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If you are facing criminal charges in Los Angeles, San Francisco, or elsewhere in California, all you want to carry on with your life is to get the charges against you “dropped” or “dismissed.” Or is it dropped and dismissed? Whichever makes more sense?
The words “dropped” and “dismissed” are often confused and used interchangeably when it comes to criminal charges, even though from a legal perspective, they have two completely different meanings.
Depending on whether the charges against you were “dismissed” or “dropped,” the outcome of your criminal case may not be what you expected it to be. We invited our San Francisco criminal defense attorney from Okabe & Haushalter to explain the difference between dismissed and dropped charges.
As far as the trial goes, many people understand what happens when you enter the courtroom: you either plead guilty (admit your fault) or plead not guilty (deny that you committed the crime). But what happens afterward?
After you enter a plea and plead guilty or not guilty, a jury will find you either guilty or not guilty. Now, if you are represented by an experienced criminal defense attorney in San Francisco or elsewhere in California, he or she will use all legal tools to reduce the number of charges you face, reduce the penalties, or get the charges dropped and dismissed.
But what does it mean to have the criminal charges against you “dropped”? When criminal charges are dropped by the prosecutor, it means that the charges against you have been canceled. A prosecutor or district attorney may choose to drop some or all charges against you.
But when does a prosecutor or DA drop charges? Criminal charges can be dropped when the prosecutor realizes that the charge does not fit the facts of the crime or the evidence against you is not sufficient to proceed with the trial and find you guilty.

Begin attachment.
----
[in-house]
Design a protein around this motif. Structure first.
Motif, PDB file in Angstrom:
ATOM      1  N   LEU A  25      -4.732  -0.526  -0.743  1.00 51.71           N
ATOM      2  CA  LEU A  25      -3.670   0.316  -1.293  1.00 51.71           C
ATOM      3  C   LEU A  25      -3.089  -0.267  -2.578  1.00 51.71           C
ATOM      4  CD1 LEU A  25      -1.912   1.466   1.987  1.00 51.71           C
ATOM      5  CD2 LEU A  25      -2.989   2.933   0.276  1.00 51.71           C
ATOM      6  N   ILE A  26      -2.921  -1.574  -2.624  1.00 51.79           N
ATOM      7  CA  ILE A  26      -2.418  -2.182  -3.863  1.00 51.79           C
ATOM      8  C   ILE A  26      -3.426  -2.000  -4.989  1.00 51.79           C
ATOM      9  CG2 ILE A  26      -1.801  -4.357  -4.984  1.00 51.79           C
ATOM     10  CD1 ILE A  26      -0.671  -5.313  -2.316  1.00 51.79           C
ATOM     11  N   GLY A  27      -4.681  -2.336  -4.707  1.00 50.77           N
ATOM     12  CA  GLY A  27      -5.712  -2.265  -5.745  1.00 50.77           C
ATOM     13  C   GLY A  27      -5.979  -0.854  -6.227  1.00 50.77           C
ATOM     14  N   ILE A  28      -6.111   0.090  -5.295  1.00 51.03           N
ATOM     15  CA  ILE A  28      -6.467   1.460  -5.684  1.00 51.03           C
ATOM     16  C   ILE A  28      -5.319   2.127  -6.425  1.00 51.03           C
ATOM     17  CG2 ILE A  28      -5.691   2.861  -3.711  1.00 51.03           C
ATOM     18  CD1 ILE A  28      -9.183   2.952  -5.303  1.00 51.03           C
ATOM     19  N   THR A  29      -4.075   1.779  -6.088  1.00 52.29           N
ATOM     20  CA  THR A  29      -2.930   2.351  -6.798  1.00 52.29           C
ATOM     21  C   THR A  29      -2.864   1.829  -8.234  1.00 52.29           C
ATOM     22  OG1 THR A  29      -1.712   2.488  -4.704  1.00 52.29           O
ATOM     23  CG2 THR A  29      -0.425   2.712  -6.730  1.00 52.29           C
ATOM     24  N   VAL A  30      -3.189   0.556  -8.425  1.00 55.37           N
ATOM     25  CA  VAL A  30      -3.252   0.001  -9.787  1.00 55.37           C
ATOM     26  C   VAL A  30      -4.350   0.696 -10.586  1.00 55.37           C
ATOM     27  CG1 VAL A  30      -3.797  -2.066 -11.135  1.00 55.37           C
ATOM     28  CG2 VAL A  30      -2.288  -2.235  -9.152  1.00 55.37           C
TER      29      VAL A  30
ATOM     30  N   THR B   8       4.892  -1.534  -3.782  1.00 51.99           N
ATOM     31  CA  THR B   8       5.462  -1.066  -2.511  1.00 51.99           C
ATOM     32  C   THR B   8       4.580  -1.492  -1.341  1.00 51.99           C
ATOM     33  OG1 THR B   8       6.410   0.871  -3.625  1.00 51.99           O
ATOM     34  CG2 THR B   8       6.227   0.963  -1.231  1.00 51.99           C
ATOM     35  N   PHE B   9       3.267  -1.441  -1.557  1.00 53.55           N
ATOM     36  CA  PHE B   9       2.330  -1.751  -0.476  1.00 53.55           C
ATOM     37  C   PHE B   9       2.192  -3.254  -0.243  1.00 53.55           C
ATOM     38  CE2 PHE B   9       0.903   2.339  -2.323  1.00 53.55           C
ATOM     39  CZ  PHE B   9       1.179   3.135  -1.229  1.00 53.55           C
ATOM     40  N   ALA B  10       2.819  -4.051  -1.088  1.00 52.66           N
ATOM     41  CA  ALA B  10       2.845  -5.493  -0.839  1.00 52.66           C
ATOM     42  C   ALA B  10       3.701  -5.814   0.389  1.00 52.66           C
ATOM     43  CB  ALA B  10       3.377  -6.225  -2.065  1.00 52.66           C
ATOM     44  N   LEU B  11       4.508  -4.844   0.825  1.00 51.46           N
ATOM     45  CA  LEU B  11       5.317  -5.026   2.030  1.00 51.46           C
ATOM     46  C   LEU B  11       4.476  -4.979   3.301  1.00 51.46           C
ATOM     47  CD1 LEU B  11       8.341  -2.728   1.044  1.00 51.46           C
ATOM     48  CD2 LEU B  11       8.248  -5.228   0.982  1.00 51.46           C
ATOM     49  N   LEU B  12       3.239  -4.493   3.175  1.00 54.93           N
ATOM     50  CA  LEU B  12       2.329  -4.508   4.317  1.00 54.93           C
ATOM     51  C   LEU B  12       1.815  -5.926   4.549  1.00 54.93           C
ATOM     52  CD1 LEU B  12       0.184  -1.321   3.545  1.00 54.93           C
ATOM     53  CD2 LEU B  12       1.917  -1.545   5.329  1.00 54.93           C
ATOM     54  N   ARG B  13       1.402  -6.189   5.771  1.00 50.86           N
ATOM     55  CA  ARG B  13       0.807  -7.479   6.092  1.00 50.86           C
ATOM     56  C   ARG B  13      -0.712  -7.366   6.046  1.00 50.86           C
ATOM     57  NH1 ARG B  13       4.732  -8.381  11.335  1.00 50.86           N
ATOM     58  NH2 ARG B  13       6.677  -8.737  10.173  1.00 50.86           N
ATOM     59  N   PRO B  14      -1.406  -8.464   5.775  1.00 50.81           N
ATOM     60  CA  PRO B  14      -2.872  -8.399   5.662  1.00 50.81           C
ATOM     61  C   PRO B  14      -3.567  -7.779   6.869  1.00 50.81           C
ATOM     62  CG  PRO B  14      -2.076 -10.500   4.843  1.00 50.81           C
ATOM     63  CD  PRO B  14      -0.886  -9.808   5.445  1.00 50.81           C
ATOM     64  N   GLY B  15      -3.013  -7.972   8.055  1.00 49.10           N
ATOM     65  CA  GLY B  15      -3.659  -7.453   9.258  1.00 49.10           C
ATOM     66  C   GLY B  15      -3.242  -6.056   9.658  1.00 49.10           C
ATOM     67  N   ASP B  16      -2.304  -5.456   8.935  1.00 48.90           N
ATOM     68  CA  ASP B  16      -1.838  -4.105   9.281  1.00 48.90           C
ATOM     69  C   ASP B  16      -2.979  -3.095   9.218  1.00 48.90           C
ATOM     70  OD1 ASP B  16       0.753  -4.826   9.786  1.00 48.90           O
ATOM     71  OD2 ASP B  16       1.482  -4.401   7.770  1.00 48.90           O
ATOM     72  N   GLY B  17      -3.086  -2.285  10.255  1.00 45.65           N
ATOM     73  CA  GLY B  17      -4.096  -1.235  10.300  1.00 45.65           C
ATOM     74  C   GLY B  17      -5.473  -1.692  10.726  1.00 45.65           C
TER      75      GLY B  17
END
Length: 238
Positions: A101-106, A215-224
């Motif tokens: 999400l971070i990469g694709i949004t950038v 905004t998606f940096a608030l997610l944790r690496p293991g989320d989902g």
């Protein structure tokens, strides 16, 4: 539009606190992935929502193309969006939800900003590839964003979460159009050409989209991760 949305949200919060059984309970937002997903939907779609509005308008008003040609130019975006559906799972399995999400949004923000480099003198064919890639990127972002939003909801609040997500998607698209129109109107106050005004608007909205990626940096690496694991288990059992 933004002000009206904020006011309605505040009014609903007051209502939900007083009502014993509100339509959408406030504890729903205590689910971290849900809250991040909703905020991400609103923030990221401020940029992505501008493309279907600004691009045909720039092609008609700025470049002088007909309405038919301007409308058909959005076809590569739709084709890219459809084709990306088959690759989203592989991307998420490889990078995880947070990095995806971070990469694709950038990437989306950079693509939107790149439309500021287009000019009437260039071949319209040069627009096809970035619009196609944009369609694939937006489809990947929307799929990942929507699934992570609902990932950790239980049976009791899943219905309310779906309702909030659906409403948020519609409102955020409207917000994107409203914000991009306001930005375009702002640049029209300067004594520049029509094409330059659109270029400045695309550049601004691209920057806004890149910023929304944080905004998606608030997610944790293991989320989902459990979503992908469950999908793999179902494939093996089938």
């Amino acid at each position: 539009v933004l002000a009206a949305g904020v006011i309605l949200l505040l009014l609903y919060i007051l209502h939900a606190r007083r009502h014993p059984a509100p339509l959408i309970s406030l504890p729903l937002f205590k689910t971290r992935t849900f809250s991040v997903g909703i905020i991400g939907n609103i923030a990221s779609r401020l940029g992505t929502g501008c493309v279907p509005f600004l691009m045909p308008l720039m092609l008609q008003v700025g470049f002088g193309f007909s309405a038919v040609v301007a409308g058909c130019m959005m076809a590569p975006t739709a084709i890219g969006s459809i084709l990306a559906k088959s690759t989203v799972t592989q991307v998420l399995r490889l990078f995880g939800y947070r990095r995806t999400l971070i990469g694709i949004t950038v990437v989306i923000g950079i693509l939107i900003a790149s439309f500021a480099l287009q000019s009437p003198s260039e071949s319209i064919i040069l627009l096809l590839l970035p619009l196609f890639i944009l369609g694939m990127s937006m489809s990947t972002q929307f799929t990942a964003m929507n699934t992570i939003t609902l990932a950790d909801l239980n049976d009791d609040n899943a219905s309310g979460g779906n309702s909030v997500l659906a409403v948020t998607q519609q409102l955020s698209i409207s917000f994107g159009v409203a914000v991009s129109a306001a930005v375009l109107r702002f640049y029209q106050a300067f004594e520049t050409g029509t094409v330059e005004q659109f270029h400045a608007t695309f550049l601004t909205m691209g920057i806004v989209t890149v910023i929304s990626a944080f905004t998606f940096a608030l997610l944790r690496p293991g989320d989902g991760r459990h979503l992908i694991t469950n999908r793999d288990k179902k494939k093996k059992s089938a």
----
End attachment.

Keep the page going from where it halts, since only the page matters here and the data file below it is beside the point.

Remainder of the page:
For example, let’s imagine that you were arrested on suspicion of driving under the influence of alcohol. However, when analysis of your blood shows that the blood alcohol content was lower than the legal drinking limit, the prosecutor realizes that the charge does not fit the facts of the alleged crime, and drops the charge.
Besides, charges can be dropped in exchange for a guilty plea. “This is a common tactic used by prosecutors all across California,” says our San Francisco criminal defense attorney.
Dismissing a criminal case, on the other hand, means stopping the charges. More often than not, criminal charges are dismissed when the judge finds some legal errors with the charge such as failure to find probable cause to charge the defendant.
Our criminal defense lawyer in California explains that if there was no probable cause to charge you with the crime in the first place or if your actions do not fit the legal definition of the crime, your case will most likely be dismissed.
But here’s another question that might bother you. “Are charges dropped or dismissed forever and permanently?” Not always. It often happens that prosecutors re-file the charges if more evidence was obtained in a police investigation since the case was dropped or dismissed.
If you are facing criminal charges in California, do not hesitate to seek legal representation to get the charges dismissed or dropped as soon as possible. Get a free consultation by contacting Okabe & Haushalter. Call our offices at 310-430-7799.